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Hail to the Chief: Patrick Mahomes is making all the moves all at once

The second-year signal-caller is turning heads and changing minds

The Kansas City Chiefs were very good offensively last season, but Patrick Mahomes’ performance this season has them playing at an even higher level.

However, his progress is even bigger than that.

While black quarterbacks are no longer as rare as they once were, negative stereotypes about their intelligence and ability to play the most prestigious position in football won’t die. We need only to go back to last week, when a Texas school superintendent said outright that Houston Texans quarterback Deshaun Watson’s struggles were a function of him being black.

Although debunking the fallacies about black quarterbacks isn’t on Mahomes’ mind as he delivers from the pocket, his ascension is having an impact on the minds of young football fans, future coaches and general managers.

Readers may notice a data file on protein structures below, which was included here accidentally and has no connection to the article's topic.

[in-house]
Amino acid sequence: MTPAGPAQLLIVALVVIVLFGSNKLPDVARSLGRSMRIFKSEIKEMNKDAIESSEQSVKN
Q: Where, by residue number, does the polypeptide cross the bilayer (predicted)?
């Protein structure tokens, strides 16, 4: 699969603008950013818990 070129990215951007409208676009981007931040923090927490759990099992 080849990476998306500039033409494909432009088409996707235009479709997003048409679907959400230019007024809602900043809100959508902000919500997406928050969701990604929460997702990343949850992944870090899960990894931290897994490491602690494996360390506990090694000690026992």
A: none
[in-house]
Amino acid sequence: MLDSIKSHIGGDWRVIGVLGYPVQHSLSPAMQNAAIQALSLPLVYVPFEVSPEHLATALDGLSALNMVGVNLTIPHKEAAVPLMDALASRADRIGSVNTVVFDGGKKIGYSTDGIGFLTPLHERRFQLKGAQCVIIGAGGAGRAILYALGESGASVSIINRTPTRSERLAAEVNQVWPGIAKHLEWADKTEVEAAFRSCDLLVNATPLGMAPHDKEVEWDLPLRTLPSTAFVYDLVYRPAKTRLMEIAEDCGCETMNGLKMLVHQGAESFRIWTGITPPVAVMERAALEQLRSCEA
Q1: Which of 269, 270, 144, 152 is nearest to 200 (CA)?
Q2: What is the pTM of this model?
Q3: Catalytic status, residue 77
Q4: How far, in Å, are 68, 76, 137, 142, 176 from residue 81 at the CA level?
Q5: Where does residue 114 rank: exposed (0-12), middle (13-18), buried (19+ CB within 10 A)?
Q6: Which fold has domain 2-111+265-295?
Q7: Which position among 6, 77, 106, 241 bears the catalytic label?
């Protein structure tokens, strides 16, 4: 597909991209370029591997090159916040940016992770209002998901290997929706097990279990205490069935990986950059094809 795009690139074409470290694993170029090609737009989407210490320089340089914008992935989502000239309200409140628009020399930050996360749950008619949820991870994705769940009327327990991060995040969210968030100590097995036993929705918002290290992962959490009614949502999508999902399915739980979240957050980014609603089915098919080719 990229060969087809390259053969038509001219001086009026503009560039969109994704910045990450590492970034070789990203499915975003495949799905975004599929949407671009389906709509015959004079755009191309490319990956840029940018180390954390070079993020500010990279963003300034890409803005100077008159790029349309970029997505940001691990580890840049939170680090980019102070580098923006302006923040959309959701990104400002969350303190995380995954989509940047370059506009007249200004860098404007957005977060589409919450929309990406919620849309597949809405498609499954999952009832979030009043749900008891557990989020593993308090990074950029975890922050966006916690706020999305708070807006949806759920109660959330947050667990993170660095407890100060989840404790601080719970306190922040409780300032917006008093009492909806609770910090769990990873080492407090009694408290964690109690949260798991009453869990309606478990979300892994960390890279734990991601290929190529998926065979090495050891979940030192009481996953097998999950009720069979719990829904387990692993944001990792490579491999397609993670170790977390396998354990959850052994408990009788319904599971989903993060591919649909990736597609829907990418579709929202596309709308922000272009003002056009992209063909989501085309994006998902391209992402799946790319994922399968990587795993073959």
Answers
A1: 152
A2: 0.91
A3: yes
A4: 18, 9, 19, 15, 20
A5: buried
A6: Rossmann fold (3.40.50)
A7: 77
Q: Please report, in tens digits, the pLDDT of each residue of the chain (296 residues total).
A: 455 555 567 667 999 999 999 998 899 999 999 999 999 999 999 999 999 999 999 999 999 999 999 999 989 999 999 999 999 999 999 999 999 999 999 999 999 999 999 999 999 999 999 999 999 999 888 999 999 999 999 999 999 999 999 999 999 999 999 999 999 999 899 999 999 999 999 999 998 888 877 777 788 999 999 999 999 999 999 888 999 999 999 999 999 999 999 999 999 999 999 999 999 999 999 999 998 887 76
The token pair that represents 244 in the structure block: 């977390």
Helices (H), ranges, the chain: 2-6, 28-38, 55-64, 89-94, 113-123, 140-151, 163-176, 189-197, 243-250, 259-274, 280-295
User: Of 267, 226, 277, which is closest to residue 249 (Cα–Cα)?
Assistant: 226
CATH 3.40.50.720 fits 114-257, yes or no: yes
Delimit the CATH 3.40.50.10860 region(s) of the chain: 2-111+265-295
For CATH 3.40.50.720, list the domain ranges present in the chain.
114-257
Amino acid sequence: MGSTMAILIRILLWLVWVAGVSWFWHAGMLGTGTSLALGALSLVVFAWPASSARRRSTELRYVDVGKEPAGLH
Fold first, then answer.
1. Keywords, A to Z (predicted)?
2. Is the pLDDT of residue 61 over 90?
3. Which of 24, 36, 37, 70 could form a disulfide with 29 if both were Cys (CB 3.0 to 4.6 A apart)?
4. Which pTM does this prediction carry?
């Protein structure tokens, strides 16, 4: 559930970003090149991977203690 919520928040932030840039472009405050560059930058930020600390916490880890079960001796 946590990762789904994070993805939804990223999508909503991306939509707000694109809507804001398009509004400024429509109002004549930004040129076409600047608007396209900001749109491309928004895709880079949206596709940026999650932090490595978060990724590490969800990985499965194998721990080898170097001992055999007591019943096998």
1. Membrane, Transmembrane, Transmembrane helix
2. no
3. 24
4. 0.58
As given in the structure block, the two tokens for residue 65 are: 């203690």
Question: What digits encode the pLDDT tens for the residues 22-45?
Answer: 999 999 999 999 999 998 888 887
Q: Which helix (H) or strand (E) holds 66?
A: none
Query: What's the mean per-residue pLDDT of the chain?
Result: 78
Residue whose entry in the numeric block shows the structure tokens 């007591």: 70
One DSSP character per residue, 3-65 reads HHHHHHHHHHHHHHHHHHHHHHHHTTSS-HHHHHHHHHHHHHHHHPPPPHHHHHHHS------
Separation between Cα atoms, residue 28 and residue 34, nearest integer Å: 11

Through the early part of the season, Mahomes has been the best quarterback in the league. Kansas City’s offense has been unstoppable, thanks in large part to the second-year signal-caller. Here’s why:

The Chiefs make defenses cover everything at once.

To succeed, defensive coordinators and defensive players are constantly trying to predict the type of offensive play they will be facing. Based on down and distance, offensive personnel group and opponents’ tendencies in previous weeks, the defense can get an idea of what the offense will do in a given situation. Then the defense will call a play designed to take away what they anticipate from the offense.